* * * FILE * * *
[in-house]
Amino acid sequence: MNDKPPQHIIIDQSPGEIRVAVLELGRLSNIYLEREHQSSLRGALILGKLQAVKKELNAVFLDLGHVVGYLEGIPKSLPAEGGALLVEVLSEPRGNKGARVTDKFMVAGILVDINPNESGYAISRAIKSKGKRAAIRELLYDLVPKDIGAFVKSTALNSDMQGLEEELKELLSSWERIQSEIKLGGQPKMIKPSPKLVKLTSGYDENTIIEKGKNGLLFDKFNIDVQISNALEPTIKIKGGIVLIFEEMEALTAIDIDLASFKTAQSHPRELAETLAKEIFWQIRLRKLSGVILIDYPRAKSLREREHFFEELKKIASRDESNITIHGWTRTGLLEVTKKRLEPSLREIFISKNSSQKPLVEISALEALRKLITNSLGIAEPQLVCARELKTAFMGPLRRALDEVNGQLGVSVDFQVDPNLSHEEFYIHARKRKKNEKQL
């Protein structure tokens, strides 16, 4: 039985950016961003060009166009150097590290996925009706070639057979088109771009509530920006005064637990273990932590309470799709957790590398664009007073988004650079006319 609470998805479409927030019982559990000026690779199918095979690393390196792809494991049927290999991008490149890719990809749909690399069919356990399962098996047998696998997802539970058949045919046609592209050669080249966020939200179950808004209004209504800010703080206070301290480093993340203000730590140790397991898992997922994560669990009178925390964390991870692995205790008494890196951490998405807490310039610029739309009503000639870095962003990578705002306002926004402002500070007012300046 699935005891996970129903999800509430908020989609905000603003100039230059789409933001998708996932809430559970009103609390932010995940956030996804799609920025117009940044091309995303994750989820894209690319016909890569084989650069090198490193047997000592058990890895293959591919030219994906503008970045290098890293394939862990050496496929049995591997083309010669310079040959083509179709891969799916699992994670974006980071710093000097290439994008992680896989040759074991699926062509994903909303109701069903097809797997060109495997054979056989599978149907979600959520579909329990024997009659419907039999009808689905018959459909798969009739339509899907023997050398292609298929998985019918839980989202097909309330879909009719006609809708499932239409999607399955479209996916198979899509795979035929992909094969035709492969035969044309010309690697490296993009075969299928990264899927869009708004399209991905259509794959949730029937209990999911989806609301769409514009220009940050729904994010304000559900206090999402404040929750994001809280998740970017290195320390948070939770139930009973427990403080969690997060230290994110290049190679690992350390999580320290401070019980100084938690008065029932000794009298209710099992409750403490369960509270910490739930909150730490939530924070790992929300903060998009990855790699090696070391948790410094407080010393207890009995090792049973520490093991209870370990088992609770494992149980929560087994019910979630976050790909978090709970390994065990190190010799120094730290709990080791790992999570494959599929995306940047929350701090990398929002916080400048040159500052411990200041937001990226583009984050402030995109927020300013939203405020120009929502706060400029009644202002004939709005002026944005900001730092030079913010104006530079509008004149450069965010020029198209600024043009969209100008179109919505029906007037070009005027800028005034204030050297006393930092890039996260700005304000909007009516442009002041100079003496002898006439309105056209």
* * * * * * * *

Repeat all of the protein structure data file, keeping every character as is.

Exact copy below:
[in-house]
Amino acid sequence: MNDKPPQHIIIDQSPGEIRVAVLELGRLSNIYLEREHQSSLRGALILGKLQAVKKELNAVFLDLGHVVGYLEGIPKSLPAEGGALLVEVLSEPRGNKGARVTDKFMVAGILVDINPNESGYAISRAIKSKGKRAAIRELLYDLVPKDIGAFVKSTALNSDMQGLEEELKELLSSWERIQSEIKLGGQPKMIKPSPKLVKLTSGYDENTIIEKGKNGLLFDKFNIDVQISNALEPTIKIKGGIVLIFEEMEALTAIDIDLASFKTAQSHPRELAETLAKEIFWQIRLRKLSGVILIDYPRAKSLREREHFFEELKKIASRDESNITIHGWTRTGLLEVTKKRLEPSLREIFISKNSSQKPLVEISALEALRKLITNSLGIAEPQLVCARELKTAFMGPLRRALDEVNGQLGVSVDFQVDPNLSHEEFYIHARKRKKNEKQL
């Protein structure tokens, strides 16, 4: 039985950016961003060009166009150097590290996925009706070639057979088109771009509530920006005064637990273990932590309470799709957790590398664009007073988004650079006319 609470998805479409927030019982559990000026690779199918095979690393390196792809494991049927290999991008490149890719990809749909690399069919356990399962098996047998696998997802539970058949045919046609592209050669080249966020939200179950808004209004209504800010703080206070301290480093993340203000730590140790397991898992997922994560669990009178925390964390991870692995205790008494890196951490998405807490310039610029739309009503000639870095962003990578705002306002926004402002500070007012300046 699935005891996970129903999800509430908020989609905000603003100039230059789409933001998708996932809430559970009103609390932010995940956030996804799609920025117009940044091309995303994750989820894209690319016909890569084989650069090198490193047997000592058990890895293959591919030219994906503008970045290098890293394939862990050496496929049995591997083309010669310079040959083509179709891969799916699992994670974006980071710093000097290439994008992680896989040759074991699926062509994903909303109701069903097809797997060109495997054979056989599978149907979600959520579909329990024997009659419907039999009808689905018959459909798969009739339509899907023997050398292609298929998985019918839980989202097909309330879909009719006609809708499932239409999607399955479209996916198979899509795979035929992909094969035709492969035969044309010309690697490296993009075969299928990264899927869009708004399209991905259509794959949730029937209990999911989806609301769409514009220009940050729904994010304000559900206090999402404040929750994001809280998740970017290195320390948070939770139930009973427990403080969690997060230290994110290049190679690992350390999580320290401070019980100084938690008065029932000794009298209710099992409750403490369960509270910490739930909150730490939530924070790992929300903060998009990855790699090696070391948790410094407080010393207890009995090792049973520490093991209870370990088992609770494992149980929560087994019910979630976050790909978090709970390994065990190190010799120094730290709990080791790992999570494959599929995306940047929350701090990398929002916080400048040159500052411990200041937001990226583009984050402030995109927020300013939203405020120009929502706060400029009644202002004939709005002026944005900001730092030079913010104006530079509008004149450069965010020029198209600024043009969209100008179109919505029906007037070009005027800028005034204030050297006393930092890039996260700005304000909007009516442009002041100079003496002898006439309105056209």